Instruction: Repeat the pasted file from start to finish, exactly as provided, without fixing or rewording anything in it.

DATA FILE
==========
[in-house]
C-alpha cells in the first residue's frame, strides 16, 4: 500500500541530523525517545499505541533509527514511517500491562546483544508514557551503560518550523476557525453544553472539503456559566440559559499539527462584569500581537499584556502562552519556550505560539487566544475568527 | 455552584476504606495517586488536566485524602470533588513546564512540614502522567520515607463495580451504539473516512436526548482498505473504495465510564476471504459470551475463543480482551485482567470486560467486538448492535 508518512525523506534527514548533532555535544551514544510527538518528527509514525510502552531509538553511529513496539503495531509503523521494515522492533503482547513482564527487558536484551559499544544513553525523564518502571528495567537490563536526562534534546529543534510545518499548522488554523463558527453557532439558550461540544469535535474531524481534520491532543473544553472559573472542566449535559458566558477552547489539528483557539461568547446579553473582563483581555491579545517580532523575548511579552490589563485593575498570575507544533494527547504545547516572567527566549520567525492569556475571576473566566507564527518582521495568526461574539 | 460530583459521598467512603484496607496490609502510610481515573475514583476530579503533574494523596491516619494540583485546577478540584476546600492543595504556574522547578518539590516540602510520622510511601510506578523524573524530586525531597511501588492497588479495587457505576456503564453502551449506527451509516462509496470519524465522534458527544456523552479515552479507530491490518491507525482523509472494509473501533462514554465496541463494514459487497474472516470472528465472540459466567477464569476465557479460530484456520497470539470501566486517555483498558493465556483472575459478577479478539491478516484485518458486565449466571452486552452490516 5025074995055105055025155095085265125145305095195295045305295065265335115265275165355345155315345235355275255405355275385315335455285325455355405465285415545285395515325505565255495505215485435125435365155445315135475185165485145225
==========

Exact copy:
[in-house]
C-alpha cells in the first residue's frame, strides 16, 4: 500500500541530523525517545499505541533509527514511517500491562546483544508514557551503560518550523476557525453544553472539503456559566440559559499539527462584569500581537499584556502562552519556550505560539487566544475568527 | 455552584476504606495517586488536566485524602470533588513546564512540614502522567520515607463495580451504539473516512436526548482498505473504495465510564476471504459470551475463543480482551485482567470486560467486538448492535 508518512525523506534527514548533532555535544551514544510527538518528527509514525510502552531509538553511529513496539503495531509503523521494515522492533503482547513482564527487558536484551559499544544513553525523564518502571528495567537490563536526562534534546529543534510545518499548522488554523463558527453557532439558550461540544469535535474531524481534520491532543473544553472559573472542566449535559458566558477552547489539528483557539461568547446579553473582563483581555491579545517580532523575548511579552490589563485593575498570575507544533494527547504545547516572567527566549520567525492569556475571576473566566507564527518582521495568526461574539 | 460530583459521598467512603484496607496490609502510610481515573475514583476530579503533574494523596491516619494540583485546577478540584476546600492543595504556574522547578518539590516540602510520622510511601510506578523524573524530586525531597511501588492497588479495587457505576456503564453502551449506527451509516462509496470519524465522534458527544456523552479515552479507530491490518491507525482523509472494509473501533462514554465496541463494514459487497474472516470472528465472540459466567477464569476465557479460530484456520497470539470501566486517555483498558493465556483472575459478577479478539491478516484485518458486565449466571452486552452490516 5025074995055105055025155095085265125145305095195295045305295065265335115265275165355345155315345235355275255405355275385315335455285325455355405465285415545285395515325505565255495505215485435125435365155445315135475185165485145225